Teaching Tips

Are Your Students Questioning Whether or Not to Major in Dance?

Business major Nick Silverio found his dance community in Arts House Dance Company, UPenn's student-run company. Photo by Kevin Wang, courtesy of Silverio

When Nick Silverio was a senior in high school, he struggled to choose between dance and more academic pursuits. "I was torn," he says. On one hand, he wanted to perform professionally—but on the other, he was interested in business and entrepreneurship. After winning acceptances to both top-tier BFA programs and academic schools, he had a choice to make. "The deciding factor was that I didn't need a formal major to be able to dance," he says.


Today, Silverio is a senior studying business with a concentration in commercial dance management at the University of Pennsylvania's Wharton School who dances in his spare time. After taking a gap year between freshman and sophomore years to perform in the Elf national tour and appear in Season 12 of "So You Think You Can Dance," he currently spends days off from his final semester in New York City, auditioning for Broadway shows. "I will hopefully one day run a business in the industry—or maybe not even in the industry," says Silverio. "This degree goes along with my long-term career goals more than, say, a BFA in dance."

Silverio's experience isn't unusual. With increasing availability of dance opportunities for nonmajors—as well as cross-curricular collaborations between dance and other majors—it's possible to major in just about anything and still have a fulfilling and extensive dance experience. Whether a dancer dreams of dancing professionally, wants to explore the connections between dance and other subjects or just wants to stay active and make friends, there's a way to meet those goals.

If you're looking to stay active and make friends…

A student-run company could be your perfect extracurricular. When researching schools, be sure to talk with current students in companies to get a feel for the time commitment—which can vary widely—as well as the stylistic focus and camaraderie of the group. "There's a certain mentality that comes along with being a dancer that allows you to bond with people who share that same drive," says Mary Catharine McKeithen, a senior biology major and health and human values minor at Davidson College who is also company manager of the student-run Gamut Dance Company. "Investing even a little bit of time can give you a sense of comfort and continuity from high school—it keeps things in perspective."

Silverio has found a fulfilling dance outlet in Arts House Dance Company at UPenn, a pre-professional-quality, student-run company that keeps him dancing 20-plus hours each week. "It's definitely a balancing act, between dance and academics, so we do it together," he says. "After rehearsals, we'll book a study room for five hours."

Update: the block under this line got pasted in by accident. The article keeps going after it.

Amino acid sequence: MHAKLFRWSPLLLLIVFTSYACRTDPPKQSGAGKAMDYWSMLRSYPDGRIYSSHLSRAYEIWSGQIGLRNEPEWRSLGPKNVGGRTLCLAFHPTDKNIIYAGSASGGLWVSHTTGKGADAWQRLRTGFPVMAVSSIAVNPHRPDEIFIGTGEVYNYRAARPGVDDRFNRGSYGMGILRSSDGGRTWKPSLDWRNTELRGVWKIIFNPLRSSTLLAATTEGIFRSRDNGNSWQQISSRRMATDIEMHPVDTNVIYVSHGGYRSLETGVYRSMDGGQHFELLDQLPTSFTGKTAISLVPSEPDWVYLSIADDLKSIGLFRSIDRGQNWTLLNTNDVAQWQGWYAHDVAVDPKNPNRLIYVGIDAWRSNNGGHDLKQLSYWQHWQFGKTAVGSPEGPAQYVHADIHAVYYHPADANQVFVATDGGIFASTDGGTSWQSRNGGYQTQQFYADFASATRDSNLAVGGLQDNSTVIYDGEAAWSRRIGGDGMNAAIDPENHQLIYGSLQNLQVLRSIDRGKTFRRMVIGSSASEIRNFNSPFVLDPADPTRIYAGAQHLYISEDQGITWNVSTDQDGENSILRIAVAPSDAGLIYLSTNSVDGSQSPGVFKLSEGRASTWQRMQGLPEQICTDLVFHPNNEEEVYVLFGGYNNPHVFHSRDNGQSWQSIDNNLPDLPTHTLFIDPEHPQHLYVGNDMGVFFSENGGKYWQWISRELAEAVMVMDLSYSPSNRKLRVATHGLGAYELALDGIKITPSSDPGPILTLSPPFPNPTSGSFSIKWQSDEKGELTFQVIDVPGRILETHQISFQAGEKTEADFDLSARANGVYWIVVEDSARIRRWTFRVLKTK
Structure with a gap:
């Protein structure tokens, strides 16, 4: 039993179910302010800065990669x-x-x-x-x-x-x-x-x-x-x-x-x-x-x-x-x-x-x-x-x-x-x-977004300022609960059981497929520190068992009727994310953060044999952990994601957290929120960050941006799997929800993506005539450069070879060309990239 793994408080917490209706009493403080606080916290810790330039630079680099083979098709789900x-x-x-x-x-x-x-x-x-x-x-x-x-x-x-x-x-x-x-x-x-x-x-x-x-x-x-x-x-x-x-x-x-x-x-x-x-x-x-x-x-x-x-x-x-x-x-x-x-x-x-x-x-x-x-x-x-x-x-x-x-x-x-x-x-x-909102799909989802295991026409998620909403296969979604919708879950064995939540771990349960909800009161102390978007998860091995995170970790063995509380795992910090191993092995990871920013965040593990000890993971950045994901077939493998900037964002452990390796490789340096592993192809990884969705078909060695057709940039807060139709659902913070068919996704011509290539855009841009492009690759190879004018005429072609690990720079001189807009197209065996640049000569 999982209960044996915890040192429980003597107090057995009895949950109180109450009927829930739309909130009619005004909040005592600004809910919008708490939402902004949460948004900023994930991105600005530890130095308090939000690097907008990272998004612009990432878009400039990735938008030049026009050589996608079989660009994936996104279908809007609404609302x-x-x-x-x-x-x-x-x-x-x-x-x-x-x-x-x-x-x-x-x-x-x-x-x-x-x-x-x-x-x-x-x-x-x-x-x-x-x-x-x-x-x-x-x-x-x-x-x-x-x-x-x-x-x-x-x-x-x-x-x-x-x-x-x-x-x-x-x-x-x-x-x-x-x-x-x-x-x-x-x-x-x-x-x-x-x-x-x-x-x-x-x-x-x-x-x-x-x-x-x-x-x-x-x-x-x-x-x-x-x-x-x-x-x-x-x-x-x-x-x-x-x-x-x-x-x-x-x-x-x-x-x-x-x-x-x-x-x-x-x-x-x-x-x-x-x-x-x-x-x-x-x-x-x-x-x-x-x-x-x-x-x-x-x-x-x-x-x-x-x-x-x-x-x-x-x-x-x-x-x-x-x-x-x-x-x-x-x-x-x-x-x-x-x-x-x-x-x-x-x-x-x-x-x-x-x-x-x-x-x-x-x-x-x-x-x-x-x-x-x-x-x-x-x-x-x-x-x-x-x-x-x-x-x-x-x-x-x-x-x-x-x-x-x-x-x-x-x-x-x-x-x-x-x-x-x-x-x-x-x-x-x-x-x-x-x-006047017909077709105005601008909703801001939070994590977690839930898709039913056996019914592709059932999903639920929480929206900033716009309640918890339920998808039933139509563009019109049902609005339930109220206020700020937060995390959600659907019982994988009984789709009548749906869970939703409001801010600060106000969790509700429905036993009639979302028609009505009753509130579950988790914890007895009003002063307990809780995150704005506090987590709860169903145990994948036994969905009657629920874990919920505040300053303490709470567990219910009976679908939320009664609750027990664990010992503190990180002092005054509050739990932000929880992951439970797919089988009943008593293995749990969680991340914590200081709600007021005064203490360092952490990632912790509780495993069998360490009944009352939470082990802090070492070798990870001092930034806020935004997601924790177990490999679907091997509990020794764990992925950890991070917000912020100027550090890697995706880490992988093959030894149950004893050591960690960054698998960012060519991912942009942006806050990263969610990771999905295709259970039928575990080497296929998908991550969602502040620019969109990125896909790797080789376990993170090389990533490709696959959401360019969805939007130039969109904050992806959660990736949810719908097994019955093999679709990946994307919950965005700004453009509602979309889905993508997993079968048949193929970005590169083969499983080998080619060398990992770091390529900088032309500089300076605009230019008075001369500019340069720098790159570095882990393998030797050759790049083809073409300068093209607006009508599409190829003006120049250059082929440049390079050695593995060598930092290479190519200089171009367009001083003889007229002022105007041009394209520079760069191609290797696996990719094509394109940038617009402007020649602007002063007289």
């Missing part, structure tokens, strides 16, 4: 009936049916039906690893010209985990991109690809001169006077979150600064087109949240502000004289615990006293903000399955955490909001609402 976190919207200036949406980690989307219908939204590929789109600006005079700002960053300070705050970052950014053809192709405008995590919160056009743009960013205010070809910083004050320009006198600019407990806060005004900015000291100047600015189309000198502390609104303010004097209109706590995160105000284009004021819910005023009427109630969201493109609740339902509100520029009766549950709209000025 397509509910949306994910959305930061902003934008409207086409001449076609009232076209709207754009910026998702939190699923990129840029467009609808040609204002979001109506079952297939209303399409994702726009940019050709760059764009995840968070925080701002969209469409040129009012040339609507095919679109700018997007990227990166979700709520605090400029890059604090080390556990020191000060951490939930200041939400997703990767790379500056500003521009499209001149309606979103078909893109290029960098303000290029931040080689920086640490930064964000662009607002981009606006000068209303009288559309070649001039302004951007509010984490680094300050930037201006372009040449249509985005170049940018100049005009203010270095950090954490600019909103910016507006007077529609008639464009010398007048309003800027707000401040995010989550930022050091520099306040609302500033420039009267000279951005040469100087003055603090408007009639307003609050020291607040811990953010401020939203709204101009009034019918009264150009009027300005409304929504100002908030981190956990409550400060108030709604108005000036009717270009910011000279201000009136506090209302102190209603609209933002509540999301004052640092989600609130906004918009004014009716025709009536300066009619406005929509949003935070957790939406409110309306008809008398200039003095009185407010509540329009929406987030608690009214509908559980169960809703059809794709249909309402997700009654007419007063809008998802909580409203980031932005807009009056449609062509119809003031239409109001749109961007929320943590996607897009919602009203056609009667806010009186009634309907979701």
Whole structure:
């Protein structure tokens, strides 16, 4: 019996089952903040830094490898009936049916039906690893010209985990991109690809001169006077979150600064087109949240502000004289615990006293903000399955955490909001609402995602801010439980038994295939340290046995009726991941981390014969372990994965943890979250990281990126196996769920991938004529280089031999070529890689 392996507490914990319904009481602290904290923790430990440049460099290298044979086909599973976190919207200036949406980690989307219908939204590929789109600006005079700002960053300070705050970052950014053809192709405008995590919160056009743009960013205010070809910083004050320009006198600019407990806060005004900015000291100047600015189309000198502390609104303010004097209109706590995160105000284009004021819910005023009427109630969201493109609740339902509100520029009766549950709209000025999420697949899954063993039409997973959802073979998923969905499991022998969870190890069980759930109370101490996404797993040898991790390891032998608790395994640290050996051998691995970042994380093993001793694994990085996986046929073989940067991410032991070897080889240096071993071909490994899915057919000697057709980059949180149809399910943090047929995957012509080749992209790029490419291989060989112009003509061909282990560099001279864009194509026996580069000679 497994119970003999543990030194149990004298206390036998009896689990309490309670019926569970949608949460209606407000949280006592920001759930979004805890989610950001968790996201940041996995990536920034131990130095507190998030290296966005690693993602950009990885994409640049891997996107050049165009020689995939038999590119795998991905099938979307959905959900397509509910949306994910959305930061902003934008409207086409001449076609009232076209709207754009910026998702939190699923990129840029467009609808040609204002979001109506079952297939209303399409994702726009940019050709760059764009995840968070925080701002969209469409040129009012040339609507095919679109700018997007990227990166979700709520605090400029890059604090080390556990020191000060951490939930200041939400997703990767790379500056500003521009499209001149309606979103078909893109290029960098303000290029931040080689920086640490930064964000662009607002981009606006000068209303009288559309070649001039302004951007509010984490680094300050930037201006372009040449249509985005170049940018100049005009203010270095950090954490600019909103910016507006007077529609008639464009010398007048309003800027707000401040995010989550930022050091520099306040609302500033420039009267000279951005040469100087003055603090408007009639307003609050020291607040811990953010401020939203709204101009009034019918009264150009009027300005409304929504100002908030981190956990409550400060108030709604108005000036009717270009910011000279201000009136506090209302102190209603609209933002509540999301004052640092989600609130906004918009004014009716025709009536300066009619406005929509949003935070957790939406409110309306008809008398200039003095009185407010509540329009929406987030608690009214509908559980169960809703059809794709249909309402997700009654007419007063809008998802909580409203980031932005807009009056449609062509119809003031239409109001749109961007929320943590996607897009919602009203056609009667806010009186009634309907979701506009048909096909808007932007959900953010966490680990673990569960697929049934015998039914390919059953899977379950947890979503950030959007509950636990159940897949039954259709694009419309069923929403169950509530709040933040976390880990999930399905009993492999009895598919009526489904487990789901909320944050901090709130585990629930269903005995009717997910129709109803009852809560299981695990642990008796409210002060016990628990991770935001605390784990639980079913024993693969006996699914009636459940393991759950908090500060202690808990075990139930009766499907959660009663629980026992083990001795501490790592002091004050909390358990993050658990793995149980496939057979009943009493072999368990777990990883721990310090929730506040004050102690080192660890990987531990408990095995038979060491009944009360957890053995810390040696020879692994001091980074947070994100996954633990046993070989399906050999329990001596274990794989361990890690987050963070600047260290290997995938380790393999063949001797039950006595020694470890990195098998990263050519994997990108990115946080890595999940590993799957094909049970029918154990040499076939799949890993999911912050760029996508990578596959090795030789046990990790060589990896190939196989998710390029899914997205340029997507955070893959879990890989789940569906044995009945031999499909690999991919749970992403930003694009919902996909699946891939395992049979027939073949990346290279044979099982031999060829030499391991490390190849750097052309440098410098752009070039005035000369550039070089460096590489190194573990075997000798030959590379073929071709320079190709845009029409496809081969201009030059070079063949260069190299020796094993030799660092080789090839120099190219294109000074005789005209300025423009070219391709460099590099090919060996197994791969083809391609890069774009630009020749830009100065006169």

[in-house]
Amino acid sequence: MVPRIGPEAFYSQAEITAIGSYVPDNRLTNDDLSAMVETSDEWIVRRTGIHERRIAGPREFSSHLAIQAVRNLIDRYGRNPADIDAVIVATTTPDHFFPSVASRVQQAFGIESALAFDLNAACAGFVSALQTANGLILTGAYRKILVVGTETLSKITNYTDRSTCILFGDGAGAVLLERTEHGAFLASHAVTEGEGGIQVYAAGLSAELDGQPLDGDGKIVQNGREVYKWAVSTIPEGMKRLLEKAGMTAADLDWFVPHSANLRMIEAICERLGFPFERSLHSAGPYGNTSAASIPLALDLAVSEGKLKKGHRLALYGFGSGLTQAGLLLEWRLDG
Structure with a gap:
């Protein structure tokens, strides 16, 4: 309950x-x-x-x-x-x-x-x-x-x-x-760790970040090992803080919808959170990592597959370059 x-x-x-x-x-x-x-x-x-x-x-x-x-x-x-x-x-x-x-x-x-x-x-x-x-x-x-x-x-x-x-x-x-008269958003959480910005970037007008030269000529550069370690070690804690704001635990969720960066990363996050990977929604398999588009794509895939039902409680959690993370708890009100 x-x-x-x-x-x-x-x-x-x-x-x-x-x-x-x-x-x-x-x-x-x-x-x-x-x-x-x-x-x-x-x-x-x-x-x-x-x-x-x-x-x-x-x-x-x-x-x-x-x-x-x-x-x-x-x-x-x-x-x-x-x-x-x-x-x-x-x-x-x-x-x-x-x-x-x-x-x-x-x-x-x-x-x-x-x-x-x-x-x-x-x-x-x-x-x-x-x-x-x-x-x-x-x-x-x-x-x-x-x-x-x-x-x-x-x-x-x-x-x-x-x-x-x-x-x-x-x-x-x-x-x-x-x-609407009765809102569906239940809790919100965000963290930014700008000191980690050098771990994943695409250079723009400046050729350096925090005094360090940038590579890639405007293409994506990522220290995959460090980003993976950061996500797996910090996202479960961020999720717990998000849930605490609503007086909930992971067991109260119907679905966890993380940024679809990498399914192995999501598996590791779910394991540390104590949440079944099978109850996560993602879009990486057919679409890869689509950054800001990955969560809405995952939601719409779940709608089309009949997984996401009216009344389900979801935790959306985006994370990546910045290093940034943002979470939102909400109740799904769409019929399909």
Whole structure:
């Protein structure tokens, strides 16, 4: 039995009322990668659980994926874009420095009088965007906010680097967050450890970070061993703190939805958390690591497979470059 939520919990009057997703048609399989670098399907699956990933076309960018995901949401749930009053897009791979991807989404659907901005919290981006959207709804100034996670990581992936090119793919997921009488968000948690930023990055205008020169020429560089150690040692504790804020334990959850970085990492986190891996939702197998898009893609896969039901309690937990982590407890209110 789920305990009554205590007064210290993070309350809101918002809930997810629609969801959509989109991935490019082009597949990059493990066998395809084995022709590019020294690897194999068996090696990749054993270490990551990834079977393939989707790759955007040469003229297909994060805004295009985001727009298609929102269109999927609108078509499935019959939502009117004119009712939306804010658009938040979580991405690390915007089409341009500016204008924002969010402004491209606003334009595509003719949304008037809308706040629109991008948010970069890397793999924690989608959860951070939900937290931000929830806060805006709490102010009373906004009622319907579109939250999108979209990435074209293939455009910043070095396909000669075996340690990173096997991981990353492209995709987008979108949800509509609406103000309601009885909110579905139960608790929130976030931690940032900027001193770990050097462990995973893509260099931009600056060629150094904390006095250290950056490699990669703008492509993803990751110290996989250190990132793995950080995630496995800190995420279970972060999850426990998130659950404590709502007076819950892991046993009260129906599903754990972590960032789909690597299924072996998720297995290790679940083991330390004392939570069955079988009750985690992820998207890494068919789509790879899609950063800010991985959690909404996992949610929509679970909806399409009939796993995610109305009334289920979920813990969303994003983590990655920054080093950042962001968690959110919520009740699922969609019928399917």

If you're into the intersection between dance and academics…

Look for a school that welcomes interdepartmental collaboration and independent study projects for upperclassmen. At Princeton, for instance, this cross-curricular focus starts with the school's faculty. "I chose to go to Princeton because I'd read an article about dance professor Susan Marshall working with an aerospace engineering professor on a project that looked at 'flocking,'" says Yasmine Eichbaum, a junior chemistry major who is also pursuing a certificate in dance. "They created a performance where the dancers were using the idea of flocking."

Schools that are pursuing this kind of work see collaboration as the exciting future of dance in an increasingly interdisciplinary world. "I created a piece for one of my performance labs that was inspired by things I'd learned in my neuroscience class about emotion," Eichbaum says. "Choreographing it allowed me to play with the ideas and learn about them even more."

All of that time in the studio can actually help academic majors like Eichbaum process ideas from their core classes. "Dance helps me balance my schoolwork and wrestle with certain ideas, maybe unconsciously or consciously," she says. "Sometimes if I'm working through a problem I can't understand in a class, after a rehearsal I have a clearer mindset."

If you honestly have no idea yet…

Don't panic! Creative and academic exploration is what college is for. "It doesn't have to be an 'either-or' thing," says Jenefer Davies, associate professor of dance at Washington and Lee University. Even students who enter college thinking they know exactly what they want to do end up discovering new options. "They might come with a desire to be a business major, and they start to realize, 'I could do marketing for dance or run my own nonprofit dance company,'" she says.

Even if you end up in a career that has nothing to do with dance, the time in the studio will not have been wasted. "All of the things that you learn from participating in dance can be applied to whatever it is that you're majoring in," says Davies, "whether it's collaboration skills, communication and using appropriate vocabulary, even organization and time management."

In the end, it comes down to trusting your gut. "You don't have to be a dance major—but you can," says Silverio. "There's really no wrong answer."

If you're interested in a dance career…

Look for a school whose dance program welcomes nonmajors into technique classes and other department activities. At Harvard, Washington and Lee, and Barnard, for example, the dance department invites students of all majors or concentrations to take part. At Harvard, other majors, whether biology or creative writing, can participate in even the most involved dance activities, like a semester-long choreographic residency. Many students find that this kind of intellectual diversity in the studio is an inspiring environment for creating new work.

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